Sunday, January 06, 2019

Did Rand read Kant?

In an interview, Shoshana Milgram, Rand's "official" biographer, is asked whether Rand ever read Kant. Given how far Rand's interpretation of Kant departs from the views of actual followers and admirers of Kant, many people have assumed that Rand must never have read Kant. Objectivists tend to regard this assumption as derogatory of Rand and deplore it. But it's not necessarily any worse than the alternative. For if Rand had in fact read Kant and still gotten him so very wrong, that would speak poorly regarding her ability to interpret philosophical texts. So what is worse? Mis-interpreting Kant because of a lack of familiarity with the relevant texts? Or reading Kant with great attentiveness and still getting him wrong?
Given how difficult Kant is to read and interpret, perhaps we can cut Rand some slack on this issue. Shoshana Milgram, however, does not believe Rand requires any slack cutting. While she admits that there is no evidence that Rand read Kant, she contends quite laboriously that Rand had too much intellectual integrity not to have read Kant. What about those of us who are inclined to suspect that Rand did not read Kant (or read very little of him)? To such skeptics, Milgram has this to say: "To go as far as to say [Rand] didn't read any of these guys [like Kant] ... you don't have the evidence for that. And you need evidence for it." This is an example of what Rand apologists frequently will do when faced with criticism of Rand. They attempt to hold Rand's critics to a higher standard than they are willing to follow themselves. For the fact is, Milgram does not provide any evidence that Rand read Kant. Why does she demand from Rand's critics what she herself is unwilling (or unable) to provide?

Be that as it may, over at quora.com I've tackled a related issue, namely: Why did Rand refer to Kant as the most evil man in mankind's history? Here's my answer to that question:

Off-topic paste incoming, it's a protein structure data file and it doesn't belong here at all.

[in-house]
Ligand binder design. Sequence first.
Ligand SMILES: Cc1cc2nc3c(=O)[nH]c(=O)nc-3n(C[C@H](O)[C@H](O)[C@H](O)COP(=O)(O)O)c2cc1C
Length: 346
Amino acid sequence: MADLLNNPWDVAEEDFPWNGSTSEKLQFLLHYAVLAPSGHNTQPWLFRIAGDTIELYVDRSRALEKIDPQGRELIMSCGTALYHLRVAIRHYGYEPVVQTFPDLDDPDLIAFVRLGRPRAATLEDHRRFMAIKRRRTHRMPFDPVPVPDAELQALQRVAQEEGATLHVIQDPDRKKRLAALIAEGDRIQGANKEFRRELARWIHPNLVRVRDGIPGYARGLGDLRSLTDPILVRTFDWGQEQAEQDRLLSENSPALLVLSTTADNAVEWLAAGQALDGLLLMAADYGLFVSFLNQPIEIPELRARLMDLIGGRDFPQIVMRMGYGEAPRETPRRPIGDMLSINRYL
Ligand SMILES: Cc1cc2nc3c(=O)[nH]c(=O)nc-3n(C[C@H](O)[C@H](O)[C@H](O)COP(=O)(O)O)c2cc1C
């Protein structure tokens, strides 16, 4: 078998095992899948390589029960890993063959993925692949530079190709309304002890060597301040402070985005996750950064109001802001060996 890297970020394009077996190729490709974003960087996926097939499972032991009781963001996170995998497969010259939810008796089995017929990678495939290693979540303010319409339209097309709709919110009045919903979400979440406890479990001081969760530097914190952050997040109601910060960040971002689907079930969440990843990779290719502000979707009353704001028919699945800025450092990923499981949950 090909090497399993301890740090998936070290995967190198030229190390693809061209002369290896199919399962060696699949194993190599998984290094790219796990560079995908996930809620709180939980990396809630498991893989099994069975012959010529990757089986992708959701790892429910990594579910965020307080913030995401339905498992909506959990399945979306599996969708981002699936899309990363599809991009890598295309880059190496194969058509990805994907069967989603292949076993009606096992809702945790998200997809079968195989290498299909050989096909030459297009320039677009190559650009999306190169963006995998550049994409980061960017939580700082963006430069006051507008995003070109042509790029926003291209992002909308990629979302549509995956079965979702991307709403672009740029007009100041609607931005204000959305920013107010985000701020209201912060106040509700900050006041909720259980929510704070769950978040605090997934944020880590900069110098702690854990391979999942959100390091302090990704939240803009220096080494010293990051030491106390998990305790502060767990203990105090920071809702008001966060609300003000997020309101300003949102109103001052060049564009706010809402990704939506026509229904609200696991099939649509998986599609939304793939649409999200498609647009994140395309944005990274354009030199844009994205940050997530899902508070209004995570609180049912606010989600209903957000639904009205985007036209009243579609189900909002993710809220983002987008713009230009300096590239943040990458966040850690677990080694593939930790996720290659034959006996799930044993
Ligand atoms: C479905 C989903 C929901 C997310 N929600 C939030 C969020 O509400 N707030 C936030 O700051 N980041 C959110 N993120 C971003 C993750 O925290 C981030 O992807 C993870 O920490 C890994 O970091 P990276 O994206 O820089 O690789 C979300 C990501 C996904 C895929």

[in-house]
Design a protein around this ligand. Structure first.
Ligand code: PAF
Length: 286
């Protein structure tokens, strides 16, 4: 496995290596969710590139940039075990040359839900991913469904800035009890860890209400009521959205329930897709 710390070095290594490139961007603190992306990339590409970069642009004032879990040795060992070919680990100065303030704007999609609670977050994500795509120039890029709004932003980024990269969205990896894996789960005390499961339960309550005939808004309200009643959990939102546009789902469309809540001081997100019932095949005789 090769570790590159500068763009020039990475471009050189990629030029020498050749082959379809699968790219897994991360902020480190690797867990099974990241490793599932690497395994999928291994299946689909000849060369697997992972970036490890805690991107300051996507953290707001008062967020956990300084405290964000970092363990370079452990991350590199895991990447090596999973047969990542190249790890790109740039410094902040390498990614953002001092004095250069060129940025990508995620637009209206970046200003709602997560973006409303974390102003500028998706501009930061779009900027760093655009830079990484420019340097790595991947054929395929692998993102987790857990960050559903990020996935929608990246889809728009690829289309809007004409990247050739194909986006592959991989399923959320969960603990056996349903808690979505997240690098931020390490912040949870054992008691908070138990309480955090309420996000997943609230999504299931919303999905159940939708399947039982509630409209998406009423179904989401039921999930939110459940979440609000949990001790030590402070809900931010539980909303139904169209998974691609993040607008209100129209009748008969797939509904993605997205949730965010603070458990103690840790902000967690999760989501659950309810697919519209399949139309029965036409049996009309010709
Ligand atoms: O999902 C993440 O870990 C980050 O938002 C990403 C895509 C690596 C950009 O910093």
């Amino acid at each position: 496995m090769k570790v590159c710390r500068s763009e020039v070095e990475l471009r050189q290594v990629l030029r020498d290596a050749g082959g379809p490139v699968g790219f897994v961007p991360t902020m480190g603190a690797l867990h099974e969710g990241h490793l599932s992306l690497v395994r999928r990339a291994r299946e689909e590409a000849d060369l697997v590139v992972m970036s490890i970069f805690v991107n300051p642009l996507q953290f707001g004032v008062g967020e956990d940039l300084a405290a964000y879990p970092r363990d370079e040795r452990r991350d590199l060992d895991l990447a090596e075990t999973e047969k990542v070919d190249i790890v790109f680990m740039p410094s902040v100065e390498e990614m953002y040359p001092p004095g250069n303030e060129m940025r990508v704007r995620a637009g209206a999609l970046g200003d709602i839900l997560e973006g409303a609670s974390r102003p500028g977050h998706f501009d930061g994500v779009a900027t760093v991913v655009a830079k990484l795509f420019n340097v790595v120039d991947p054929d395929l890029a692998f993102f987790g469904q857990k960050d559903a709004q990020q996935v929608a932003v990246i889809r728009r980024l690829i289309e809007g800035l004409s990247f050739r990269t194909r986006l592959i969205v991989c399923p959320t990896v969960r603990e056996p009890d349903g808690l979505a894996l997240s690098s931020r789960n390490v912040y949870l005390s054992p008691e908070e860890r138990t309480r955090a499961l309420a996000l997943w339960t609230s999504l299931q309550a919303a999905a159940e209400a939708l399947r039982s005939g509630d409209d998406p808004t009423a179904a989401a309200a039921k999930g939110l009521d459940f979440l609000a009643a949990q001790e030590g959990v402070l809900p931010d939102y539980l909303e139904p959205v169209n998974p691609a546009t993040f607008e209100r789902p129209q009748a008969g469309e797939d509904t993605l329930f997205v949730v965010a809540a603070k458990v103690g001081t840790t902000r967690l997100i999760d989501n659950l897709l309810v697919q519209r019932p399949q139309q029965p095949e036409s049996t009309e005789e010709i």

The ostensible reason why Rand referred to Kant as “the most evil man in mankind’s history” is she believed that, more than any other philosopher, Kant “closed the door of philosophy to reason.” Why Rand believed this is a bit more complicated. It’s important to note that Rand’s views on Kant are, to say the least, controversial, and no Kantian or Kant scholar would agree with them. The idea that Kant’s philosophy, particularly The Critique of Pure Reason, constituted an attack on human knowledge and reason was first popularized in America by George Santayana in his book Reason in Common Sense. “Side by side with this reinstatement of reason, however, which was not absent from Kant's system in its critical phase and in its application to science, there lurked in his substitution of faith for knowledge another and sinister intention,” wrote Santayana. “He wished to blast as insignificant, because ‘subjective,’ the whole structure of human intelligence, with all the lessons of experience and all the triumphs of human skill, and to attach absolute validity instead to certain echoes of his rigoristic religious education.” In the first few decades of the twentieth century, Santayana’s view of Kant and other German philosophers enjoyed some measure of influence among conservative intellectuals in America. This is where Rand seems to have picked it up. Perhaps the most important influence in Rand’s philosophical and political development was the conservative novelist and literary critic Isabel Paterson. According to one of Rand’s biographers, Jennifer Burns (who learned this piece information from the Rand archives), it was from Paterson that Rand probably derived her view of Kant.